NATO-led peacekeepers in Afghanistan on Saturday blamed militants for a mortar attack two nights earlier that wounded Pakistani soldiers and Afghan police on either side of the border and led to a Pakistani protest.
“Insurgents simultaneously fired at targets in Afghanistan and Pakistan on the evening of July 10,” said a statement from the International Security and Assistance Force (ISAF) headquarters in Kabul.
ISAF said it had reports four Afghan police and eight Pakistanis were wounded in the two-way attack, and added that it suspected the insurgents' aim was “to spark a border incident”.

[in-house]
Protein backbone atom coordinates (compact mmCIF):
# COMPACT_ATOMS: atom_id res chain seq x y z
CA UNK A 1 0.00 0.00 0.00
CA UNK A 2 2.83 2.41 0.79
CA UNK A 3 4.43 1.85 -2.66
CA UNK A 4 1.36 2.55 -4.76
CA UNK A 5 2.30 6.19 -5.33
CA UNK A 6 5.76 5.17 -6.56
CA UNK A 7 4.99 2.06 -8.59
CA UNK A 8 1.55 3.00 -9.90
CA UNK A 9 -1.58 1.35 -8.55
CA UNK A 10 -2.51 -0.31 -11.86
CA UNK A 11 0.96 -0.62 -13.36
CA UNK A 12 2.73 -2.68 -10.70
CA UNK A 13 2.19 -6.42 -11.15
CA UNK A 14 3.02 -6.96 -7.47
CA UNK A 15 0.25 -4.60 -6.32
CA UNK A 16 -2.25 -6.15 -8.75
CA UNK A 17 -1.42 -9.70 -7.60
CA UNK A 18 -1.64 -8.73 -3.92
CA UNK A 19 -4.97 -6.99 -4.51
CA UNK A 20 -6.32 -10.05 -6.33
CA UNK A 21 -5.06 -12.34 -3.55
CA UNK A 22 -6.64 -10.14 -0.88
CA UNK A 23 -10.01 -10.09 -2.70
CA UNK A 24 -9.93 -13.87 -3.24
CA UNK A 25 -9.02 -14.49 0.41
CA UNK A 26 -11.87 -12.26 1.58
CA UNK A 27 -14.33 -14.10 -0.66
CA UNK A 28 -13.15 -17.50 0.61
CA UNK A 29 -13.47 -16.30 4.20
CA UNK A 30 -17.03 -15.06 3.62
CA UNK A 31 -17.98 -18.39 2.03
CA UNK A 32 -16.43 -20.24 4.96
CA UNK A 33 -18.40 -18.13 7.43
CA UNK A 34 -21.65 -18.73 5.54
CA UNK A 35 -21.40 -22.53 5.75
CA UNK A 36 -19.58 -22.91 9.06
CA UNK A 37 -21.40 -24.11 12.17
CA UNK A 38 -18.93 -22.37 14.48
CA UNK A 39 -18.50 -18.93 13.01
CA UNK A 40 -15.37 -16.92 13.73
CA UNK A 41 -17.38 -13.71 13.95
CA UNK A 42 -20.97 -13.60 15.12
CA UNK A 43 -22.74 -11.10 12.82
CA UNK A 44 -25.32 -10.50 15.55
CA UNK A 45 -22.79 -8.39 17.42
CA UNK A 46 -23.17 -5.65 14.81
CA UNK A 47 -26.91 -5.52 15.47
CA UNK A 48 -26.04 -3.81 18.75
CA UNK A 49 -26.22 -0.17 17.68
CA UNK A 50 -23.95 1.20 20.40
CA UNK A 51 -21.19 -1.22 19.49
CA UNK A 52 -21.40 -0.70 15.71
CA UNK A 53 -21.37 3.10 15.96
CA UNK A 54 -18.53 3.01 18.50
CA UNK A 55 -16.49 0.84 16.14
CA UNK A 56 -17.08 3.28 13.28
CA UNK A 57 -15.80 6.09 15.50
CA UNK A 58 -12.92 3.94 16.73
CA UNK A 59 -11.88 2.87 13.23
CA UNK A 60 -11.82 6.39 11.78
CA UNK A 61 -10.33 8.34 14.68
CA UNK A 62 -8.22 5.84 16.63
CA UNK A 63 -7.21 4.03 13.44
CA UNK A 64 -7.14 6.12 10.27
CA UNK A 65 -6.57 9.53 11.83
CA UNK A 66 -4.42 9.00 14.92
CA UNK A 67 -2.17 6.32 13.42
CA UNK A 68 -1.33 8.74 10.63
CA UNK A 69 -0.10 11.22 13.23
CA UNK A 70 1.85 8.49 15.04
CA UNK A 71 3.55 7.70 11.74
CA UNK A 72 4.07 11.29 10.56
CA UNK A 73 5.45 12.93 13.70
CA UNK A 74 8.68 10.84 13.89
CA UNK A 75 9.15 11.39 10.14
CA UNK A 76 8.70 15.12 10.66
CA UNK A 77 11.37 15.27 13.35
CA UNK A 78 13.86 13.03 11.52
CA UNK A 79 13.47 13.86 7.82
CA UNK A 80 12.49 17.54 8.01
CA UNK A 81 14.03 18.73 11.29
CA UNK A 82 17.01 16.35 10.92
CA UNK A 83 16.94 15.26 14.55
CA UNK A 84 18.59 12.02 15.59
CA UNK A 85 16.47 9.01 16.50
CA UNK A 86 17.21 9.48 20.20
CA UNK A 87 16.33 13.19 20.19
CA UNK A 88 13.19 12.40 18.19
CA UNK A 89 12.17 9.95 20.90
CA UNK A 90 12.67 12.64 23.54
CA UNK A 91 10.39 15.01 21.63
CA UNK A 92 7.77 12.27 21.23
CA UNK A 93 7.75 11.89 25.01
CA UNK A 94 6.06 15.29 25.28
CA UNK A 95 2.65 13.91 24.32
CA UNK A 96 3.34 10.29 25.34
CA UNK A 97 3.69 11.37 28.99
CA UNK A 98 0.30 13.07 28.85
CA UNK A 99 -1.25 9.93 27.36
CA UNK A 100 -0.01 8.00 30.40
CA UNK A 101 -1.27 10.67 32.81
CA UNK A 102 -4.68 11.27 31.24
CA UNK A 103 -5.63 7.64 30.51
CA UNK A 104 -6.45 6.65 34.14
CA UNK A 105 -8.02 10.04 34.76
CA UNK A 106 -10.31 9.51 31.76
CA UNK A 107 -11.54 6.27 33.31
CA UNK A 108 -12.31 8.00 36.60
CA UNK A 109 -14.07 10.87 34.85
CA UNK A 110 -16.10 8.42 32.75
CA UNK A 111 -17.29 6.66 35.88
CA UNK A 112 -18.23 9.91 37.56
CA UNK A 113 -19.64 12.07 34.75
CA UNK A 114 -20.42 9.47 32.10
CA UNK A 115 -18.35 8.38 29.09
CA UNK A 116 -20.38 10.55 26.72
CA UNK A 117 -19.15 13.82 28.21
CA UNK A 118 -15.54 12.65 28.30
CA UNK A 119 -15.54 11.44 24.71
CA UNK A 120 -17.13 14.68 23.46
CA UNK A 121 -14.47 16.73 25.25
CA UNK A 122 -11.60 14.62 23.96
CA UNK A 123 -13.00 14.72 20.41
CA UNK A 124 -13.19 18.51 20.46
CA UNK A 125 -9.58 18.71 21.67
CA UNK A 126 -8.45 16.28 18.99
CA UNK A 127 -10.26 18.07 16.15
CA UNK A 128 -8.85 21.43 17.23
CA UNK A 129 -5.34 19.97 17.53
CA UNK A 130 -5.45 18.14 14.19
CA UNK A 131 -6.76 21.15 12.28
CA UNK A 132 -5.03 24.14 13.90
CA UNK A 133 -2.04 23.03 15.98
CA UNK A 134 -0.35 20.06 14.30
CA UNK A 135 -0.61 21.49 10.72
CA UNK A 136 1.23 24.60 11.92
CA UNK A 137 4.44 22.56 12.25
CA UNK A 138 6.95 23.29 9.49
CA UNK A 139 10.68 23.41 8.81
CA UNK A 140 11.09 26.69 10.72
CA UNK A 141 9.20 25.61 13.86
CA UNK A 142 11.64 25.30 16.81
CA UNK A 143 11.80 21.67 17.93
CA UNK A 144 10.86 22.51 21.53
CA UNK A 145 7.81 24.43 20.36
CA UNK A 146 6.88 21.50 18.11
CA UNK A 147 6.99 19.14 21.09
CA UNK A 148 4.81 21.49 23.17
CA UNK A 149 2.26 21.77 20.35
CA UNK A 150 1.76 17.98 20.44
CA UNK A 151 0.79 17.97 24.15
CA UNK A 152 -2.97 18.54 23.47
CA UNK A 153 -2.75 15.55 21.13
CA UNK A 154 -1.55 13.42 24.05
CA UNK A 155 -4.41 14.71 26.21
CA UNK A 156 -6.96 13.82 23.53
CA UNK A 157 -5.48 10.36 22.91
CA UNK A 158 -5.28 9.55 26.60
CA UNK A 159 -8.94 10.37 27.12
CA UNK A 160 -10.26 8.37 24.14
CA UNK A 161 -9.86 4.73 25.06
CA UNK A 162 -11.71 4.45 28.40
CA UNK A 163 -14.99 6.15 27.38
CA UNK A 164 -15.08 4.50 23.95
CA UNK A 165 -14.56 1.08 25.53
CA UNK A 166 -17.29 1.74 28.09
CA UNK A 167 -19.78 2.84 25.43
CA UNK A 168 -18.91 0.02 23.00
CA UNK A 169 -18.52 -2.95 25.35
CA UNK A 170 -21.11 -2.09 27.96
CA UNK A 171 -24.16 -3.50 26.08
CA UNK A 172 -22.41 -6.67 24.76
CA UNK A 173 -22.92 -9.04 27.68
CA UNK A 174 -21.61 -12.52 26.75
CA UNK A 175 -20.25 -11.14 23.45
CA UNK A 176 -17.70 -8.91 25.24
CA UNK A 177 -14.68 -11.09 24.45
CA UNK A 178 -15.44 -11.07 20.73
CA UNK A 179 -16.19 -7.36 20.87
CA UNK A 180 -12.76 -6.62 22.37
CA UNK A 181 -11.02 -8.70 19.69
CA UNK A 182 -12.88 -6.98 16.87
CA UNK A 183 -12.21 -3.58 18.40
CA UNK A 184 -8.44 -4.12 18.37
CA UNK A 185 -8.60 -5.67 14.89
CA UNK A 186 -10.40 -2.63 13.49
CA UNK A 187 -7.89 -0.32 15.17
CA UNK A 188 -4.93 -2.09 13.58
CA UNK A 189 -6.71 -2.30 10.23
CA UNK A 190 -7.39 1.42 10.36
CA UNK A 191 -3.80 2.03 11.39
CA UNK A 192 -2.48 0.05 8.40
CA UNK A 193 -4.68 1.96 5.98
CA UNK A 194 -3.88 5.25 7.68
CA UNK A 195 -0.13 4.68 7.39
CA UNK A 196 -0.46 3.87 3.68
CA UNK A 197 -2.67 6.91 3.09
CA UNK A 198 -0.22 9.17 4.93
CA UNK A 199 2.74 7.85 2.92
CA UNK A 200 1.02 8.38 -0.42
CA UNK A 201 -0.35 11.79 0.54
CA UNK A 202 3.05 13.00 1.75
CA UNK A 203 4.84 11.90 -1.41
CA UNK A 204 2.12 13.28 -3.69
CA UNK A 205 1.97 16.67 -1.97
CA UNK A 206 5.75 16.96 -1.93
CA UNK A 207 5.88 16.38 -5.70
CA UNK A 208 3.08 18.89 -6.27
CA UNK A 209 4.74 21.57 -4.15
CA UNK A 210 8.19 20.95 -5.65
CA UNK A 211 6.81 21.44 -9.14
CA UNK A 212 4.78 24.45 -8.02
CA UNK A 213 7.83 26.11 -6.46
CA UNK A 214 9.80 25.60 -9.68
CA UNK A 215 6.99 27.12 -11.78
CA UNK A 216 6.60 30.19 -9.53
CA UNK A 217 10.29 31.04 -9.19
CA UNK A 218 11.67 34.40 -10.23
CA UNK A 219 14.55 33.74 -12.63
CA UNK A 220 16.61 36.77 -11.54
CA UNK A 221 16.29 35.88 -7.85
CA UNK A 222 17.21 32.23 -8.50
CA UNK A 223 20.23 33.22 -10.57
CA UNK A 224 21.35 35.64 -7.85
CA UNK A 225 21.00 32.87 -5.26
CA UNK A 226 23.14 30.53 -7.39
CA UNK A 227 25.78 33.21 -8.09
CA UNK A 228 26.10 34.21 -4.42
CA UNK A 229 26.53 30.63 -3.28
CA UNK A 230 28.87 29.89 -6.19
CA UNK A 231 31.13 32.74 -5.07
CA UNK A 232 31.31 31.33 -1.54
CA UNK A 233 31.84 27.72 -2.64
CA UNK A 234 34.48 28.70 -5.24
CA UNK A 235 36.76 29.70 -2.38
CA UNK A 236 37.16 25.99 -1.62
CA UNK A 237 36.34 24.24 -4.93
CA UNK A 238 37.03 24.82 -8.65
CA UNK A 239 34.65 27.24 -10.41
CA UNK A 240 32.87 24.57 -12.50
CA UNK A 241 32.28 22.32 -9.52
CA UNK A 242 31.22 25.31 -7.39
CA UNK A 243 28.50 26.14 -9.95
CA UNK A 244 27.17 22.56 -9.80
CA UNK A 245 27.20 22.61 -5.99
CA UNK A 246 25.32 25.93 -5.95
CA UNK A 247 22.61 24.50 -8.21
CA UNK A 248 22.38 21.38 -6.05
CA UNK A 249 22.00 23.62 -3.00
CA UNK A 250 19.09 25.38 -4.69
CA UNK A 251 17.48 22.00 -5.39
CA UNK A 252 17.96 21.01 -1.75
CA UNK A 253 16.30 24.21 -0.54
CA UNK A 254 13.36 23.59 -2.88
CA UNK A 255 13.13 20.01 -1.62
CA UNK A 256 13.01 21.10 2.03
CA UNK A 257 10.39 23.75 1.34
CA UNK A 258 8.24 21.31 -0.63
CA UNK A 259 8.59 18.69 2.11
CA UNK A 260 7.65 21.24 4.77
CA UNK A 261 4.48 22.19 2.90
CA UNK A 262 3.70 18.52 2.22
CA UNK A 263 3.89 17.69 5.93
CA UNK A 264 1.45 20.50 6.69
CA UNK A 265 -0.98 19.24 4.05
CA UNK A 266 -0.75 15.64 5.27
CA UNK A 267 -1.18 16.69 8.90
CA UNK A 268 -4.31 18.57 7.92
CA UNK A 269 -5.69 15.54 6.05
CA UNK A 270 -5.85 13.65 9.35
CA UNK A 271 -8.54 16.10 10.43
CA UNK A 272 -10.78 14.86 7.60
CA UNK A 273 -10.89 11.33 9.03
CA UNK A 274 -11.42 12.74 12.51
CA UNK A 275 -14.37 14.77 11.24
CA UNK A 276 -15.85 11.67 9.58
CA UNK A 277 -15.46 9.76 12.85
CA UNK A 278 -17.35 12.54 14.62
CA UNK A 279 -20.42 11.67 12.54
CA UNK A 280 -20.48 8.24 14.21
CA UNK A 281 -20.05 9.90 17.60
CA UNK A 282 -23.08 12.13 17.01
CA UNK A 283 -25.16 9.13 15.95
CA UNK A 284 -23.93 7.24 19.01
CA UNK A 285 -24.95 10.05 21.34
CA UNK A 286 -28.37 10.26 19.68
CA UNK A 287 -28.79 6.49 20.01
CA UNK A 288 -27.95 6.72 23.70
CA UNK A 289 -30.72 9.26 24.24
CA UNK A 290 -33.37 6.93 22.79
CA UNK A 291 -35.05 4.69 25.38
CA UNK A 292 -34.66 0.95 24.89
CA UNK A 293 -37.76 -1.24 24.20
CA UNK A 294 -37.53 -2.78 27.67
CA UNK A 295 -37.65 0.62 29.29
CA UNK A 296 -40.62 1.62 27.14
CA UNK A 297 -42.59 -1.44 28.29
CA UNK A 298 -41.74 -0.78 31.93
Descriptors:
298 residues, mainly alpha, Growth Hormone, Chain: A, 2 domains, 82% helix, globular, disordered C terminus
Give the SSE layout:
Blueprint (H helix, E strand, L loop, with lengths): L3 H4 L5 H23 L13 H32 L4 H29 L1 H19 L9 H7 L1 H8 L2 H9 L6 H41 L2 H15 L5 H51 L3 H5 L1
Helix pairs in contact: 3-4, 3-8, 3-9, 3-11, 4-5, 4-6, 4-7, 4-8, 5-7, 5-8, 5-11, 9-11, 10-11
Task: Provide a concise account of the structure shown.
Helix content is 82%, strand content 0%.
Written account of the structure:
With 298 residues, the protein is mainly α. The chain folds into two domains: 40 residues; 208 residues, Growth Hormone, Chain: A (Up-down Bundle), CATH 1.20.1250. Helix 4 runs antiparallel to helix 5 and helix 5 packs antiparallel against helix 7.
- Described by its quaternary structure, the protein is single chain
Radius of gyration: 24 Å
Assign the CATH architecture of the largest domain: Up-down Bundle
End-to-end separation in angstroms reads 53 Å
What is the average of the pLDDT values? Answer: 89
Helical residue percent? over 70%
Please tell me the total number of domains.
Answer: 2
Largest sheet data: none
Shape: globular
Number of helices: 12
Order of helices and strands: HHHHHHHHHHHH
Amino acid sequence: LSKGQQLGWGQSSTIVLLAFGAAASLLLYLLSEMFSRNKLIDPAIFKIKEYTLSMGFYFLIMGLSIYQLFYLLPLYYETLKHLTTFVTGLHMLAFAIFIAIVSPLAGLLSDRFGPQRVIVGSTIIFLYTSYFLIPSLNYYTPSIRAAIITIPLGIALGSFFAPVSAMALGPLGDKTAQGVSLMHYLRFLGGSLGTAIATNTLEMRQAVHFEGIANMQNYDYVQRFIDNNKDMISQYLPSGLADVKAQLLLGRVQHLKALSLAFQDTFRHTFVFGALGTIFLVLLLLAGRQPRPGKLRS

The clash occurred on the border near the Pakistani village of Angor Adda in the South Waziristan tribal region, a known sanctuary for al Qaeda and Taliban militants.
Angor Adda lies across the border from Berman, a village near a U.S. base at Shikin in Afghanistan's Paktika province.
The peacekeepers said ISAF's retaliatory air and artillery strikes did not touch Pakistani territory.
“ISAF forces tracked the fire to two points within Afghanistan and returned fire with artillery and one GBU-13 bomb dropped from an F-15 aircraft,” the statement said.
“All ISAF rounds were verified to have hit the origins of insurgent fire.”
The latest incident comes at a time of increased tension between Pakistan and Afghanistan. Also, there are growing fears in Pakistan, a key ally in the US-led war on terrorism, that the United States is planning to mount operations inside its territory.